chalk grassland

HS2 has unveiled plans to create one of the largest areas of chalk grassland on the edge of the Chilterns in the Colne Valley

The scheme, designed by HS2’s landscape architects, ecologists, engineers and soil specialists, aims to reuse construction materials to create 127-hectares of new chalk grassland, woodland, wood pasture and wetland habitats that will substantially enhance the local natural environment.

The Colne Valley Western Slopes project will be a major contributor in meeting HS2’s carbon reduction targets by delivering significant ecological gain in the Colne Valley.

It will also reduce the carbon footprint of the project by decreasing road haulage and waste treatment activities and will enable habitats to sequester carbon by replacing arable land with natural habitats.

Plant species and habitats are being carefully selected to be resilient to a changing climate. Almost 65,000 trees and shrubs of 32 species will be planted together with nearly 3.5km of new hedgerows.

Around 90-hectares of calcareous grasslands which once thrived on the valley slopes will be established and areas of historic woodland reinstated.

The project, being designed and delivered by HS2’s civils contractor Align, aims to provide wider health and recreation benefits for neighbouring communities including the provision of new connected green spaces and around 4.5km of new footpath, cycling and horse-riding routes.

Arable land that is initially needed for a major works compound to construct the Colne Valley Viaduct and Chilterns Tunnel will be transformed through the re-use of existing soils and recycling of three million m3 of chalk taken from the tunnel excavation, as well as concrete and limestone aggregate materials used in the construction process.

Materials will be reused, rather than transported, to reduce carbon output.

‘Establishing better connected, sustainable and biodiverse landscapes’

HS2’s environment director, Peter Miller, said: “This project forms a major part of HS2’s Green Corridor programme to establish better connected, sustainable and biodiverse landscapes along the route of the new railway that will contribute substantially to HS2’s carbon reduction target.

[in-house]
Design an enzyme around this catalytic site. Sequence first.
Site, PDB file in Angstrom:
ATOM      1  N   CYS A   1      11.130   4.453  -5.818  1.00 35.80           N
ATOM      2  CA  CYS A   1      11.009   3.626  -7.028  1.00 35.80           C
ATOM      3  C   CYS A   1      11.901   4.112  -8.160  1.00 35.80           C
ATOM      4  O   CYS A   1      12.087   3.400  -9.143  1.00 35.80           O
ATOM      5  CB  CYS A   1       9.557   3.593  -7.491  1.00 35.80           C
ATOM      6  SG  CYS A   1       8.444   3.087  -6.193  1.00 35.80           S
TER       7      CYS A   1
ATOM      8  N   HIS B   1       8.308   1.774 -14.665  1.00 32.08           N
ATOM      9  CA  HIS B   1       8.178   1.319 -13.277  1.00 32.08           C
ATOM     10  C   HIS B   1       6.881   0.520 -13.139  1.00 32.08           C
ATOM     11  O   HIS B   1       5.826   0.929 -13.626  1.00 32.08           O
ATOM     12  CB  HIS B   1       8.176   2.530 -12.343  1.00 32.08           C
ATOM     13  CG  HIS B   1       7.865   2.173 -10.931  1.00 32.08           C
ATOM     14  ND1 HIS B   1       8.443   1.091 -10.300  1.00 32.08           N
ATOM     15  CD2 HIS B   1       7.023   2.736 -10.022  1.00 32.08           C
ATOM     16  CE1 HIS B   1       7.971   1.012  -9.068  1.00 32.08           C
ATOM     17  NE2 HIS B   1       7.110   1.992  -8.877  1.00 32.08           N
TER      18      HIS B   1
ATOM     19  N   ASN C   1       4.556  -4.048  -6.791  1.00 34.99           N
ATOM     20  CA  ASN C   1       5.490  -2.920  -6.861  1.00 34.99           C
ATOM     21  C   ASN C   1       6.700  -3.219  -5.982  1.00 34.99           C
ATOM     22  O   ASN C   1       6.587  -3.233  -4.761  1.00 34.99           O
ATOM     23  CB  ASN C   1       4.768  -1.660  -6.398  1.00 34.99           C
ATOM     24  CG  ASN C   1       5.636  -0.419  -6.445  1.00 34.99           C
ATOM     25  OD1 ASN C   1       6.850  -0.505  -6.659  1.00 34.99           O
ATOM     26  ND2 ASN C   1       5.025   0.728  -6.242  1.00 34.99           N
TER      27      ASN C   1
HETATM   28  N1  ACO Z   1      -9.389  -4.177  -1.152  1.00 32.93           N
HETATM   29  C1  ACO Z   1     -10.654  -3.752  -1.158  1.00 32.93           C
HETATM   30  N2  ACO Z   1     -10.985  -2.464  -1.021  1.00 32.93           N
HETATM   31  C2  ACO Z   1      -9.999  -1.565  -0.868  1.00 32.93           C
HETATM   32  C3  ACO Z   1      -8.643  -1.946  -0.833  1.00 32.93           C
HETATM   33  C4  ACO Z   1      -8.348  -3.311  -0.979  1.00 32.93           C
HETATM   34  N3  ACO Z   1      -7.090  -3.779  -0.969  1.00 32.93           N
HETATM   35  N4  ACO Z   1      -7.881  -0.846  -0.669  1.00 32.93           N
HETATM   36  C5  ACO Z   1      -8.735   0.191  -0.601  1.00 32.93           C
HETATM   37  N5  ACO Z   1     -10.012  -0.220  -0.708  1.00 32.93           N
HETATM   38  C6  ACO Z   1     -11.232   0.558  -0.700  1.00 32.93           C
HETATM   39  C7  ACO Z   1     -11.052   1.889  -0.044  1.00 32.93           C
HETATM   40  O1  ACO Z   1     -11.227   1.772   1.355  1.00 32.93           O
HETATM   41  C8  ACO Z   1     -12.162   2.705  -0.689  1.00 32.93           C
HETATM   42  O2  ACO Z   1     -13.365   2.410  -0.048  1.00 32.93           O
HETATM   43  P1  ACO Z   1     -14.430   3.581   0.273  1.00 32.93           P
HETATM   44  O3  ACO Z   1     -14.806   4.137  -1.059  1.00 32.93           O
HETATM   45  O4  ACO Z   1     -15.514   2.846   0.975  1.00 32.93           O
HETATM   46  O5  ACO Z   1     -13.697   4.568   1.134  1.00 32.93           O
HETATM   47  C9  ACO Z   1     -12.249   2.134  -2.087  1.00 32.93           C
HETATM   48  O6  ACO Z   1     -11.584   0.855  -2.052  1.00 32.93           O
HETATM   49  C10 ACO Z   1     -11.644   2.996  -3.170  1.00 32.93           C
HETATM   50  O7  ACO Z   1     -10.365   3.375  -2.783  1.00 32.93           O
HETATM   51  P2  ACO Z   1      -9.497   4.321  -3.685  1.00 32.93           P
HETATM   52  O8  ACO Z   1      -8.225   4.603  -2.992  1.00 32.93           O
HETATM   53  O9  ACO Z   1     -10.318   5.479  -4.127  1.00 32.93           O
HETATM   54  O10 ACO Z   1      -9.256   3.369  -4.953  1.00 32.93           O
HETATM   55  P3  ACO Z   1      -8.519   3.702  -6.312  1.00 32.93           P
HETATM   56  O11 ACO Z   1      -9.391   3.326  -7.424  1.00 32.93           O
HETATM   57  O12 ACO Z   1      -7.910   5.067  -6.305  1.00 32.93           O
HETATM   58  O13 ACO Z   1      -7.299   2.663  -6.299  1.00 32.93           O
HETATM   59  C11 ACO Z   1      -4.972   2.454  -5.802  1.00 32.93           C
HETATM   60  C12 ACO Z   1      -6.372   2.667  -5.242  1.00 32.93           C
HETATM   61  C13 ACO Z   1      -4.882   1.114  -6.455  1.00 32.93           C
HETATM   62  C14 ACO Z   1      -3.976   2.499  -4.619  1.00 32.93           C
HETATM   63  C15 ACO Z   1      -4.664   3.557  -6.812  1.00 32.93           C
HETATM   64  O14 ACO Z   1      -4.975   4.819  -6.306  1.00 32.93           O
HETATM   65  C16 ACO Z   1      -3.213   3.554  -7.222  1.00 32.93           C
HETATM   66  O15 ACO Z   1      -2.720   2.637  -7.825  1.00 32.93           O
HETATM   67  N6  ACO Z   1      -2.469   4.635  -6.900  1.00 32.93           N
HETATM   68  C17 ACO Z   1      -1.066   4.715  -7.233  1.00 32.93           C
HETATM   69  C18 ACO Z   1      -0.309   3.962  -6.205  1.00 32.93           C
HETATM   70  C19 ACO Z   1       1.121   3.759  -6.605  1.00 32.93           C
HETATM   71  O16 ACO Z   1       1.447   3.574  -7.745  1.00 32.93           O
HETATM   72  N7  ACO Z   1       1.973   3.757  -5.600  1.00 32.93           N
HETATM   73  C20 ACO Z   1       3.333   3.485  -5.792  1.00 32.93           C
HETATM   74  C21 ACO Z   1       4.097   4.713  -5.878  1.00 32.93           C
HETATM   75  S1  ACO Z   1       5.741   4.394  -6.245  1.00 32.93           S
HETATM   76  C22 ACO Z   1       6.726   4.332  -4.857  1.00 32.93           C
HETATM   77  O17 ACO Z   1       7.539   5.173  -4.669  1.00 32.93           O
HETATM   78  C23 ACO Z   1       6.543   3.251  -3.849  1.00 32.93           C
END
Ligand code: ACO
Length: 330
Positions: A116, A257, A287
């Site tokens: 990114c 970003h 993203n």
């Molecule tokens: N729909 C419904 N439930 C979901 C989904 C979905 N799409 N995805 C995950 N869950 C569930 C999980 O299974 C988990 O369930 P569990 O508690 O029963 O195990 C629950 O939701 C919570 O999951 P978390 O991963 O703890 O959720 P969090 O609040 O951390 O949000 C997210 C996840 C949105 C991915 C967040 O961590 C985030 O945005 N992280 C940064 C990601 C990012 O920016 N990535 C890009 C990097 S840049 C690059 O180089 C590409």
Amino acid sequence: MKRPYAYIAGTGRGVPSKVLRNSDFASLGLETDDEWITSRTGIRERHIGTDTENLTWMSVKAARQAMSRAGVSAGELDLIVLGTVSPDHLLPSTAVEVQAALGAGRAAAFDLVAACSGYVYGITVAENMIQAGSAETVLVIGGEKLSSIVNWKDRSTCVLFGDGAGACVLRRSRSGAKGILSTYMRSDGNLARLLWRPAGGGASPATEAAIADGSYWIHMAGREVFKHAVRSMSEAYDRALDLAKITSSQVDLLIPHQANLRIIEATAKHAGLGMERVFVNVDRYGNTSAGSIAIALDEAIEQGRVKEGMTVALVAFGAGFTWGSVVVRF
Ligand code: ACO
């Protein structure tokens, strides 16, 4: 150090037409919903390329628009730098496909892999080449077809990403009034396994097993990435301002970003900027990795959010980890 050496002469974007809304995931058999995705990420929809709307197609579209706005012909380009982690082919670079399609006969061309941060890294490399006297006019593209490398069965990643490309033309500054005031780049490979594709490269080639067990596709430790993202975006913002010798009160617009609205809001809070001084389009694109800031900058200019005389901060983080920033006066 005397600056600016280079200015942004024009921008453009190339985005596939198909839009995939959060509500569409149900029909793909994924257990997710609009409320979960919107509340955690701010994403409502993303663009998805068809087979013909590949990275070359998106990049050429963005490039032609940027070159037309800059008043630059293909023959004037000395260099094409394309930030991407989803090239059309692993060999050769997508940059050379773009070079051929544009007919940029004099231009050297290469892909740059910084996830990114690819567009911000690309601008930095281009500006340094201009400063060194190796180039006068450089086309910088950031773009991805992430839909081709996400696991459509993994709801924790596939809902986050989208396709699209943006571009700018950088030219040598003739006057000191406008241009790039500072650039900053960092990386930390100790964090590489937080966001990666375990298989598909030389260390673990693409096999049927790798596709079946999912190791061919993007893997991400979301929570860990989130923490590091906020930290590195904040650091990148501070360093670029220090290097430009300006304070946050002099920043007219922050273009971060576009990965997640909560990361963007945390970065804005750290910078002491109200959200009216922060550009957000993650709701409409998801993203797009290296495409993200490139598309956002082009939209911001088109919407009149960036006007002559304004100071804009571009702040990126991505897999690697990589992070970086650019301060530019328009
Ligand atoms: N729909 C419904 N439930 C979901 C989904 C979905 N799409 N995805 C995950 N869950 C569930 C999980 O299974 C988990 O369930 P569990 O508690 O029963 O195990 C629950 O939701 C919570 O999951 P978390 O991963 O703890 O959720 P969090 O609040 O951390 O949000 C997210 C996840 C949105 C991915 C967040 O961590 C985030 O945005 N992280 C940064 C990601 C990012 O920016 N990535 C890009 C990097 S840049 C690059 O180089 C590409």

“It demonstrates HS2’s approach to addressing many of the complex issues surrounding climate change and which are central to protecting our environment, and is a great example of how good design and planning can mitigate the effects of climate change.”

Daniel Altier, project director from Align, commented: “This innovative, multi-discipline project is designed to create a huge expanse of new grassland, connected woodland and wood pasture in the Colne Valley, helping to preserve declining or rare flora and fauna in the area, and providing a lasting legacy for biodiversity and local people.

“We are pleased to be collaborating on the design with Natural England, Hertfordshire and Middlesex Wildlife Trust, the Colne Valley Regional Park Panel, local authorities, and specialist soils experts.”

Simon Railton, landscape architecture lead from the LDA Design/Jacobs team (on behalf of Align-D), added: “Our proposals are the result of a truly collaborative endeavour which has compelling landscape and ecological objectives at its centre.

“This is a rare opportunity to establish, at scale, a distinctive and multi-layered landscape, which is inspired by and grounded in the context of the Colne Valley and Chiltern Hills.

“We aim to create a landscape which is both rich in biodiversity and a place for people to explore and connect with the natural environment. In doing this we are embracing sustainable design solutions such as green travel opportunities and reuse of construction materials to help achieve ambitious carbon reduction targets.”

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